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Lectionary Notes for Fourteenth Sunday after Pentecost (Proper 17, Ordinary 22, Year C)

Readings for 14th Sunday after Pentecost, 8/29/10:
Jeremiah 2:4-13, Psalm 81:1, 10-16, Hebrews 13:1-8, 15-16, Luke 14:1, 7-14

Jeremiah 2:4-13:
  • In this passage, it reads as though God is quite simply baffled at the response of God's people? Why do they react by rejecting God after all God has done for them?
  • "My people have changed their glory for something that does not profit." I like this "changed their glory" phrase. Our society is filled with things that might fall into this category, things we have chosen over the glory that comes from God.
  • Two evils are outlined: 1) The people have forsaken God, who is the fountain of living water. 2) They have tried to make do themselves, and tried to make their own cisterns, which are unable anyway to hold water, the source of which they have already rejected. These people are in trouble all around!
  • "Cracked cisterns that can hold no water." I like this imagery, especially read along with other 'vessel'-like/container imagery in scriptures, like the "earthen vessels" of the New Testament, and God as Potter imagery in the Old Testament.
Psalm 81:1, 10-16:
  • This reminds me of a parent chiding a temper-tantrum throwing child by saying, "the one you hurt most by acting this way is yourself." Not only do we hurt God by our behavior, we also hurt ourselves by our choices!
  • Note the food=satisfaction imagery in this psalm. "honey from the rock," "finest of the wheat," and my favorite, "open your mouth wide and I will fill it." It is God who satisfies, and God alone.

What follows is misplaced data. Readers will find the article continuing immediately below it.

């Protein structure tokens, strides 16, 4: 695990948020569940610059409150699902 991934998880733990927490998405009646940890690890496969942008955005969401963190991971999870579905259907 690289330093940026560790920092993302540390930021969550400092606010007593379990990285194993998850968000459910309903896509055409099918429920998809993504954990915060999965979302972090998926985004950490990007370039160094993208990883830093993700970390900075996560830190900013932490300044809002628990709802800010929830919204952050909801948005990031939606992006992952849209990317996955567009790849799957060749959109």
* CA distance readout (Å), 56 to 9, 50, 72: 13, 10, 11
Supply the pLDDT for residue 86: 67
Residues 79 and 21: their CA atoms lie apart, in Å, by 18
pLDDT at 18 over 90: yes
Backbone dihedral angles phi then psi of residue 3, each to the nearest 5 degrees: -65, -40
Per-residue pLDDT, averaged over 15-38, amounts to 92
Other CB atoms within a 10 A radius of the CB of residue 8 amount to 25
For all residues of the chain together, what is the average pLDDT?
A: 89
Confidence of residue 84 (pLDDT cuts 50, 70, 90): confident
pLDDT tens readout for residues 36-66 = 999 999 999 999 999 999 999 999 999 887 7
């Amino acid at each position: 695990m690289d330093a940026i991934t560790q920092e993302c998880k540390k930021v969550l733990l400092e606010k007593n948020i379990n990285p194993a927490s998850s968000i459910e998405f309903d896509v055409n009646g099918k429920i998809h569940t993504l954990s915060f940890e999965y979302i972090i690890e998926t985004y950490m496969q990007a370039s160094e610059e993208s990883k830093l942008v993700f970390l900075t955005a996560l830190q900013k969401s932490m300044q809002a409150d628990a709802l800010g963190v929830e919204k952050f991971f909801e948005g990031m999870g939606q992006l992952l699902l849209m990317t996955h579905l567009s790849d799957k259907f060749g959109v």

Hebrews 13:1-8, 15-16
  • A sort-of closing arguments last list of things to remember to try to do, which manages to cover some basics: love one another. Practice hospitality. Watch out for the love of money.
  • "some have entertained angels without knowing it." While I'm not fond of the angel-loving that seems popular today, this idea of unknowingly entertaining angels is appealing and a good way to keep us on our toes. But I prefer the Matthew 25:31-46 idea of entertaining Christ unknowingly instead...
  • "Be content with what you have." Simple. And yet, if we could just follow these words, we'd be doing so well! Be content with what you have. Are you, truly? 
  • "Christ is the same..." Yes. And not yes, right? Always constant, but always the same? Unchanging? Rather, unfaltering, unwavering, but dynamic and living, therefore changing?
Luke 14:1, 7-14:
  • Etiquette lessons from Jesus - that's one way to read this passage. Where to sit, who to invite, how to be a good guest and a good host. Obviously some deeper layers here, but to the "closely observing" Pharisees, they can't really get all in a bind over Jesus talking about where to sit at meals. But still...
  • ...Jesus manages even in these basics to turn everything upside down by going against the traditions and customs even of simple things like meals and guests. I think his teachings here are shrewd and sneaky. Here Jesus is really talking about first and last, servant and served, earthly priorities and godly priorities. But you'll have to work to keep up with him enough to get him into trouble!
  • Repayment - everything has to balance out, be made equal. But it can be done on many scales and levels. How do you want most to be repaid for your actions?

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